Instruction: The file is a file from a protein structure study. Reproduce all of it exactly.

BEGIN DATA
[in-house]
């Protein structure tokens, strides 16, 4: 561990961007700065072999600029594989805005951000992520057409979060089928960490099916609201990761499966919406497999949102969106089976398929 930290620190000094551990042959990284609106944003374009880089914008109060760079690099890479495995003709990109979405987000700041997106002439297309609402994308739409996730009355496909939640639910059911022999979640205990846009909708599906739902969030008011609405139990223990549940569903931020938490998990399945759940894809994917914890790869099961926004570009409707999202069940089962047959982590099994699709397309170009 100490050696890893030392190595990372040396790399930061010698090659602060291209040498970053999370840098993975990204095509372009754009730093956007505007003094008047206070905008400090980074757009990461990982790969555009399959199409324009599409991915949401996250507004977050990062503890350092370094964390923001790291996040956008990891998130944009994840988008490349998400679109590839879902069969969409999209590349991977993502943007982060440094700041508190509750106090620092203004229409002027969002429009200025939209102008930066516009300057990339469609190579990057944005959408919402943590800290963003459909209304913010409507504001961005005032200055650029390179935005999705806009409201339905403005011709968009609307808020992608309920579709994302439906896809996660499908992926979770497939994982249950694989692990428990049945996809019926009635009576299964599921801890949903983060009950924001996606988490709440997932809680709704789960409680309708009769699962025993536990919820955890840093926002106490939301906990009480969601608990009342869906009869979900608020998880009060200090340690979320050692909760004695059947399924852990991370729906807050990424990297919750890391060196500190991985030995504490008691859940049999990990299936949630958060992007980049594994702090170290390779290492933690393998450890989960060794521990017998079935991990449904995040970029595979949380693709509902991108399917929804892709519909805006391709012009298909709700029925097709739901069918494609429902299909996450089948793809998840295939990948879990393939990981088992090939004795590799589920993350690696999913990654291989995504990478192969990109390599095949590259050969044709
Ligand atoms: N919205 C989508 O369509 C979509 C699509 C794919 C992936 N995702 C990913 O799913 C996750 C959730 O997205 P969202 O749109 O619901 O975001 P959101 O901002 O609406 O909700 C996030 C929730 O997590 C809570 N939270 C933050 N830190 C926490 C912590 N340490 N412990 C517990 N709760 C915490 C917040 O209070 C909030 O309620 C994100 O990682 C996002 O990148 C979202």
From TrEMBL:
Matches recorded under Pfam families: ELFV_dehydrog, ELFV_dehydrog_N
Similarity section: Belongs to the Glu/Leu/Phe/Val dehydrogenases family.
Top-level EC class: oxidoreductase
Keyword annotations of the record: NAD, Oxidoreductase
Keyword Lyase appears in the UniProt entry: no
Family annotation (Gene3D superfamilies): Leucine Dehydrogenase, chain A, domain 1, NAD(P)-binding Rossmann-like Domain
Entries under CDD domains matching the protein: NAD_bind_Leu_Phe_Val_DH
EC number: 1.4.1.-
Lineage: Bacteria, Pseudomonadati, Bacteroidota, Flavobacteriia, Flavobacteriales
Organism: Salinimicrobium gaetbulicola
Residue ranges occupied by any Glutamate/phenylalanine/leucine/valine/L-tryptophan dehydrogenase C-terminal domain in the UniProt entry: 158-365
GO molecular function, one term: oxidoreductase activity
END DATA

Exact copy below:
[in-house]
């Protein structure tokens, strides 16, 4: 561990961007700065072999600029594989805005951000992520057409979060089928960490099916609201990761499966919406497999949102969106089976398929 930290620190000094551990042959990284609106944003374009880089914008109060760079690099890479495995003709990109979405987000700041997106002439297309609402994308739409996730009355496909939640639910059911022999979640205990846009909708599906739902969030008011609405139990223990549940569903931020938490998990399945759940894809994917914890790869099961926004570009409707999202069940089962047959982590099994699709397309170009 100490050696890893030392190595990372040396790399930061010698090659602060291209040498970053999370840098993975990204095509372009754009730093956007505007003094008047206070905008400090980074757009990461990982790969555009399959199409324009599409991915949401996250507004977050990062503890350092370094964390923001790291996040956008990891998130944009994840988008490349998400679109590839879902069969969409999209590349991977993502943007982060440094700041508190509750106090620092203004229409002027969002429009200025939209102008930066516009300057990339469609190579990057944005959408919402943590800290963003459909209304913010409507504001961005005032200055650029390179935005999705806009409201339905403005011709968009609307808020992608309920579709994302439906896809996660499908992926979770497939994982249950694989692990428990049945996809019926009635009576299964599921801890949903983060009950924001996606988490709440997932809680709704789960409680309708009769699962025993536990919820955890840093926002106490939301906990009480969601608990009342869906009869979900608020998880009060200090340690979320050692909760004695059947399924852990991370729906807050990424990297919750890391060196500190991985030995504490008691859940049999990990299936949630958060992007980049594994702090170290390779290492933690393998450890989960060794521990017998079935991990449904995040970029595979949380693709509902991108399917929804892709519909805006391709012009298909709700029925097709739901069918494609429902299909996450089948793809998840295939990948879990393939990981088992090939004795590799589920993350690696999913990654291989995504990478192969990109390599095949590259050969044709
Ligand atoms: N919205 C989508 O369509 C979509 C699509 C794919 C992936 N995702 C990913 O799913 C996750 C959730 O997205 P969202 O749109 O619901 O975001 P959101 O901002 O609406 O909700 C996030 C929730 O997590 C809570 N939270 C933050 N830190 C926490 C912590 N340490 N412990 C517990 N709760 C915490 C917040 O209070 C909030 O309620 C994100 O990682 C996002 O990148 C979202």
From TrEMBL:
Matches recorded under Pfam families: ELFV_dehydrog, ELFV_dehydrog_N
Similarity section: Belongs to the Glu/Leu/Phe/Val dehydrogenases family.
Top-level EC class: oxidoreductase
Keyword annotations of the record: NAD, Oxidoreductase
Keyword Lyase appears in the UniProt entry: no
Family annotation (Gene3D superfamilies): Leucine Dehydrogenase, chain A, domain 1, NAD(P)-binding Rossmann-like Domain
Entries under CDD domains matching the protein: NAD_bind_Leu_Phe_Val_DH
EC number: 1.4.1.-
Lineage: Bacteria, Pseudomonadati, Bacteroidota, Flavobacteriia, Flavobacteriales
Organism: Salinimicrobium gaetbulicola
Residue ranges occupied by any Glutamate/phenylalanine/leucine/valine/L-tryptophan dehydrogenase C-terminal domain in the UniProt entry: 158-365
GO molecular function, one term: oxidoreductase activity